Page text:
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Bicycle commuting -- United States, Urban transportation -- United States, Cycling -- Route choice


The overall goal of this research was to quantify the safety performance of alternative traffic control strategies to mitigate right-turning vehicle-bicycle crashes at signalized intersections in Oregon. The ultimate aim was to provide useful design guidance to potentially mitigate these collision types at the critical intersection configurations. This report includes a comprehensive review of more than 150 scientific and technical articles that relate to bicycle-motor vehicle crashes. A total of 504 right-hook crashes were identified from vehicle path information in the Oregon crash data from 2007-2011, mapped and reviewed in detail to identify the frequency and severity of crashes by intersection lane configuration and traffic control. Based on these efforts, a two stage experiment was developed in the Oregon State University (OSU) high-fidelity driving simulator to investigate the causal factors of right-hook crashes at signalized intersections with a striped bike lane and no right-turn lane, and to then identify and evaluate alternative design treatments that could mitigate the occurrence of right-hook crashes. Experiment 1 investigated motorist and environmental related causal factors of right-hook crashes, using three different motorist performance measures: (1) visual attention, (2) situational awareness (SA) and (3) crash avoidance behavior. Data was collected from 51 participants (30 male and 21 female) turning right 820 times in 21 different experimental scenarios. It was determined that the worst case right-hook scenario occurred when a bicycle was approaching the intersection at a higher speed (16 mph) and positioned in the blind zone of the motorist. In crash and near crash situations (measured by time-to-collision) the most common cause was a failure of the driver to actively search for the adjacent bicyclist (situational awareness level 1), although failures were also determined to occur due to failures of projection (i.e. incorrectly assuming that the bicycle would yield or that there was enough time to turn in front of the bicycle). Elements of driver performance and gap acceptance collected in the first stage simulator experiment were field validated to provide additional confidence in the findings. The research reviewed 144 hours of video and identified 43 conflicts where the time-to-collision (TTC) measured less than 5 seconds. When field observations of scenarios most similar to those in the simulator were isolated, the analysis indicated that the distribution of the TTCs values observed in the simulator were consistent with those observed in the field. Experiment 2 evaluated several possible design treatments, (specifically: signage, pavement markings, curb radii, and protected intersection designs), based on the visual attention of motorist, their crash avoidance behavior, and the severity of the observed crashes. Data was collected from 28 participants (18 male and 10 female) turning right 596 times in 22 scenarios that were used. The resulting analysis of the driver performance indicators suggest that while various driver performance metrics can be measured robustly, and all of the treatments had some positive effect on measured driver performance, it is not yet clear how to map the magnitudes of the differences to expected crash outcomes. Additional work is recommended to address the limitations of this study and to further consider the potential effects of the right-hook crash mitigation strategies from this research.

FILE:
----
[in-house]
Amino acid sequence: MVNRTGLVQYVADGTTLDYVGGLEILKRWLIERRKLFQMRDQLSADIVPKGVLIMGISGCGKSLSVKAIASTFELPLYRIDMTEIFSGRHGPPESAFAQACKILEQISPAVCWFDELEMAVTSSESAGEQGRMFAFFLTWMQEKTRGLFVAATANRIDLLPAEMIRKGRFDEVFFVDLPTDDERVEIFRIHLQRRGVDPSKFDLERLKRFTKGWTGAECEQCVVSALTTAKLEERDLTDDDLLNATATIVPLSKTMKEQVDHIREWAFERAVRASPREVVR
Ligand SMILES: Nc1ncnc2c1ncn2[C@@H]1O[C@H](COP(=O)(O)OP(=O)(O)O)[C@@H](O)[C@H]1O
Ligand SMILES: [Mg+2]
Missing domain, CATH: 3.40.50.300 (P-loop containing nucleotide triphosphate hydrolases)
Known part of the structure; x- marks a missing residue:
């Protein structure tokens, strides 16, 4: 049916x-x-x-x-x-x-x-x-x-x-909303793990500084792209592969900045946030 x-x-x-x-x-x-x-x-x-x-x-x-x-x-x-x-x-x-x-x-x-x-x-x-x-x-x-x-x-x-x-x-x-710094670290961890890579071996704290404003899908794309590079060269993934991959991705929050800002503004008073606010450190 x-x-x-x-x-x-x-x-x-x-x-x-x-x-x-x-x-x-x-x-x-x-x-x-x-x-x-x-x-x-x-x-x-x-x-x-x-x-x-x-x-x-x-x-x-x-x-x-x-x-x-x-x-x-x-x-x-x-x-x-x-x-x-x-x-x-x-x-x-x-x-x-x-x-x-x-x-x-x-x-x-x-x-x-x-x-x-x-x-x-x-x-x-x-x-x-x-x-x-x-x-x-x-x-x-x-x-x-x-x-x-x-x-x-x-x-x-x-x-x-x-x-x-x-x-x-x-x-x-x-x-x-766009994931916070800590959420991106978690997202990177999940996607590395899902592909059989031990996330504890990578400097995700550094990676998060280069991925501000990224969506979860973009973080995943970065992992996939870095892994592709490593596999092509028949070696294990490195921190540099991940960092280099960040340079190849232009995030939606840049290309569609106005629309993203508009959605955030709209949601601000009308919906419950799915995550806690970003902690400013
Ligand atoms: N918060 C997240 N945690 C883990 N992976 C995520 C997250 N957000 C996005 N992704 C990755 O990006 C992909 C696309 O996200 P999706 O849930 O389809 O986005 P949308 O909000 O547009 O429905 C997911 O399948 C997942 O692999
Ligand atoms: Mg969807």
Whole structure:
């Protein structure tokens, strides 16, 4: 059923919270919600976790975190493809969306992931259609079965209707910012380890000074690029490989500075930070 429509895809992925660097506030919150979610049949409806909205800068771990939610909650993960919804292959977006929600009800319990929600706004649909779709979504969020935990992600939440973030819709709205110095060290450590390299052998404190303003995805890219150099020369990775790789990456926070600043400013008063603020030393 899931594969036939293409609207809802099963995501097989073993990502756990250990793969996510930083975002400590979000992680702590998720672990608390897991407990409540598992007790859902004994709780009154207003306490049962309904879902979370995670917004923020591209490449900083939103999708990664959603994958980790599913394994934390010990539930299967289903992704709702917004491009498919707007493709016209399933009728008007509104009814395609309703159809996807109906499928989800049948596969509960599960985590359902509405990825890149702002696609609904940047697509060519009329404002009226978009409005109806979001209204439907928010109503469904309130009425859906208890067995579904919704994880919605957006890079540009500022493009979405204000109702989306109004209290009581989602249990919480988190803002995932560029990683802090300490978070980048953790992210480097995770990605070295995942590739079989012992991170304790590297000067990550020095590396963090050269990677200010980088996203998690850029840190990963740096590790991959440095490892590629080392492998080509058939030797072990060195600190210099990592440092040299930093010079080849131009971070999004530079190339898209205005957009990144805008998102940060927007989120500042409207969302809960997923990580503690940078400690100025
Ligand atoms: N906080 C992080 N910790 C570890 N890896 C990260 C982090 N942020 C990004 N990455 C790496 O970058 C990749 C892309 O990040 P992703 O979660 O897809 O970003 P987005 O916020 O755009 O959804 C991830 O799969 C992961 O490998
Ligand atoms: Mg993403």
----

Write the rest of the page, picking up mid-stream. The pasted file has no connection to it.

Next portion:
This is the final report - FHWA-OR-RD-16-06. The report was created for the Oregon Department of Transportation and the Federal Highway Administration. Copies available from NTIS, and online at

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